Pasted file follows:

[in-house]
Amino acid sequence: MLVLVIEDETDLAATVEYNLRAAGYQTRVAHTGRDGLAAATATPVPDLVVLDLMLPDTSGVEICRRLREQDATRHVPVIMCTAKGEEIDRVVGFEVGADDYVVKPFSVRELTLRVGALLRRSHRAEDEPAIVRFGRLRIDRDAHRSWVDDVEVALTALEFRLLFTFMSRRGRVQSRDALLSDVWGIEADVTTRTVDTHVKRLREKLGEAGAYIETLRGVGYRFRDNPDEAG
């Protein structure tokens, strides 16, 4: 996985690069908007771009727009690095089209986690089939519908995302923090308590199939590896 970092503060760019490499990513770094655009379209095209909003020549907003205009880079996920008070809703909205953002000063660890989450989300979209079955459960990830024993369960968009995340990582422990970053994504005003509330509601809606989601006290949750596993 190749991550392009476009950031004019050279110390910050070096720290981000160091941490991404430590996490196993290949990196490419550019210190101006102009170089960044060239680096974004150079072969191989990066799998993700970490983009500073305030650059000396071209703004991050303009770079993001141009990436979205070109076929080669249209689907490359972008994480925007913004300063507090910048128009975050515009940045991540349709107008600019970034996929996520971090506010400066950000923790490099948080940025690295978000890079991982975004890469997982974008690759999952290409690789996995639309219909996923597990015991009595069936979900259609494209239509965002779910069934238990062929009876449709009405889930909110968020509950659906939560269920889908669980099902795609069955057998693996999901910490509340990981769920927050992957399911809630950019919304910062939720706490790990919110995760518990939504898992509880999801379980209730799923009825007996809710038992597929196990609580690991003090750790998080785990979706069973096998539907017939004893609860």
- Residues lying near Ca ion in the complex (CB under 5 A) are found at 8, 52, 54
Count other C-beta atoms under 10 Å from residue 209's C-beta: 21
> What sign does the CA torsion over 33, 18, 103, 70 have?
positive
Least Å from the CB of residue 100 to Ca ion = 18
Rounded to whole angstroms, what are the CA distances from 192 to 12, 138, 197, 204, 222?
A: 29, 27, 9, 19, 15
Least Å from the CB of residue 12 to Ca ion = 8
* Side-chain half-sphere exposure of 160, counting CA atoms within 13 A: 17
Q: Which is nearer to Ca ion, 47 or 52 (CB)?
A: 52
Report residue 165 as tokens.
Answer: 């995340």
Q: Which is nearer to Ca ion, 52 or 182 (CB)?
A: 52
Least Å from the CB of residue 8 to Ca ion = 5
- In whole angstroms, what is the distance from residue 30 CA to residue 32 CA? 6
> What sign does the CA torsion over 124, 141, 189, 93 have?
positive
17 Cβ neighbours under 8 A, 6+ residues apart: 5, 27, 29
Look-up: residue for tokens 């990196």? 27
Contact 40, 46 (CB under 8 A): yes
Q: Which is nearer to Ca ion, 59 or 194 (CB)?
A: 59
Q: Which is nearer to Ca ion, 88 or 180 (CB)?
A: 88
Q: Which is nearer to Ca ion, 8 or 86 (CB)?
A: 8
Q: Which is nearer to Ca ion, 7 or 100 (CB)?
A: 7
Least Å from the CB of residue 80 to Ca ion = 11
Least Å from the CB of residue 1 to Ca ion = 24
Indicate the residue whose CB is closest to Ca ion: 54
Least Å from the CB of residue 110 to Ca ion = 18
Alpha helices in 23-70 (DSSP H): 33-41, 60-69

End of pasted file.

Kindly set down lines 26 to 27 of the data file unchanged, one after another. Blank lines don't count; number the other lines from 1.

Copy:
Q: Which is nearer to Ca ion, 59 or 194 (CB)?
A: 59